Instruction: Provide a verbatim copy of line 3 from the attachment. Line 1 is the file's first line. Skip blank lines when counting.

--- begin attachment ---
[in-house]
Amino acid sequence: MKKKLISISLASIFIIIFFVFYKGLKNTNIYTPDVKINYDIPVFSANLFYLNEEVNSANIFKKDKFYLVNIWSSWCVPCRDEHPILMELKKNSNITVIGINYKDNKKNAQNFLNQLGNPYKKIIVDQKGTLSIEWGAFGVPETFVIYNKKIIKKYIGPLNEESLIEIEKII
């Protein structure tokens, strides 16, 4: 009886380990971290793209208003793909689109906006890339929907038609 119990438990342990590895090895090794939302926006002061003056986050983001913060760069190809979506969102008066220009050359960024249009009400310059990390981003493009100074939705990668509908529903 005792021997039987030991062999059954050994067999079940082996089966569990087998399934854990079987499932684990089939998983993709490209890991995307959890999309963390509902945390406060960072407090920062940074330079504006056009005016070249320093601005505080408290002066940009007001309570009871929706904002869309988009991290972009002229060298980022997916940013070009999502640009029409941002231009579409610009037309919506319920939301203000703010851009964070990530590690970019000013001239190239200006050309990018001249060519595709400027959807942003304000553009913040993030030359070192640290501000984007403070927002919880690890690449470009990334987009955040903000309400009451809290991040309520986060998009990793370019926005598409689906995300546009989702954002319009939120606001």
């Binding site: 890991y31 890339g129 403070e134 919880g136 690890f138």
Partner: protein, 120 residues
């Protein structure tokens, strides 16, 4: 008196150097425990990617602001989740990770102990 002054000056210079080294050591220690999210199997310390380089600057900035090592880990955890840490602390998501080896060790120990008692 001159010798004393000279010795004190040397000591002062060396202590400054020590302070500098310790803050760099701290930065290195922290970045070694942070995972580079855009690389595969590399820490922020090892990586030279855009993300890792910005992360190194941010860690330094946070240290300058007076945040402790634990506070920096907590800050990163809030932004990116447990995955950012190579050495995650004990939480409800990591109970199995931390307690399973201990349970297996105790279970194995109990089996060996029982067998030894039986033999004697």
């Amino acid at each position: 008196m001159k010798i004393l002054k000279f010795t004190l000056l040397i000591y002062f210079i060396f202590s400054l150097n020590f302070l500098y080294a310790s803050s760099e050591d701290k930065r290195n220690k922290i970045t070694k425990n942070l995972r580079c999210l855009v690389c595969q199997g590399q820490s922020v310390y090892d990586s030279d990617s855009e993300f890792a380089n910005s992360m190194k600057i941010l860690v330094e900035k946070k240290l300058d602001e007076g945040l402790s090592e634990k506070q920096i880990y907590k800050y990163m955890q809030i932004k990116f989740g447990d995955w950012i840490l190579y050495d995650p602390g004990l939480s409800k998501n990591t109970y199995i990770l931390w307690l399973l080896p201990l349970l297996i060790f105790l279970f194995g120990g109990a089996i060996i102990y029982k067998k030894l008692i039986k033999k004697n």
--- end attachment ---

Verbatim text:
């Protein structure tokens, strides 16, 4: 009886380990971290793209208003793909689109906006890339929907038609 119990438990342990590895090895090794939302926006002061003056986050983001913060760069190809979506969102008066220009050359960024249009009400310059990390981003493009100074939705990668509908529903 005792021997039987030991062999059954050994067999079940082996089966569990087998399934854990079987499932684990089939998983993709490209890991995307959890999309963390509902945390406060960072407090920062940074330079504006056009005016070249320093601005505080408290002066940009007001309570009871929706904002869309988009991290972009002229060298980022997916940013070009999502640009029409941002231009579409610009037309919506319920939301203000703010851009964070990530590690970019000013001239190239200006050309990018001249060519595709400027959807942003304000553009913040993030030359070192640290501000984007403070927002919880690890690449470009990334987009955040903000309400009451809290991040309520986060998009990793370019926005598409689906995300546009989702954002319009939120606001």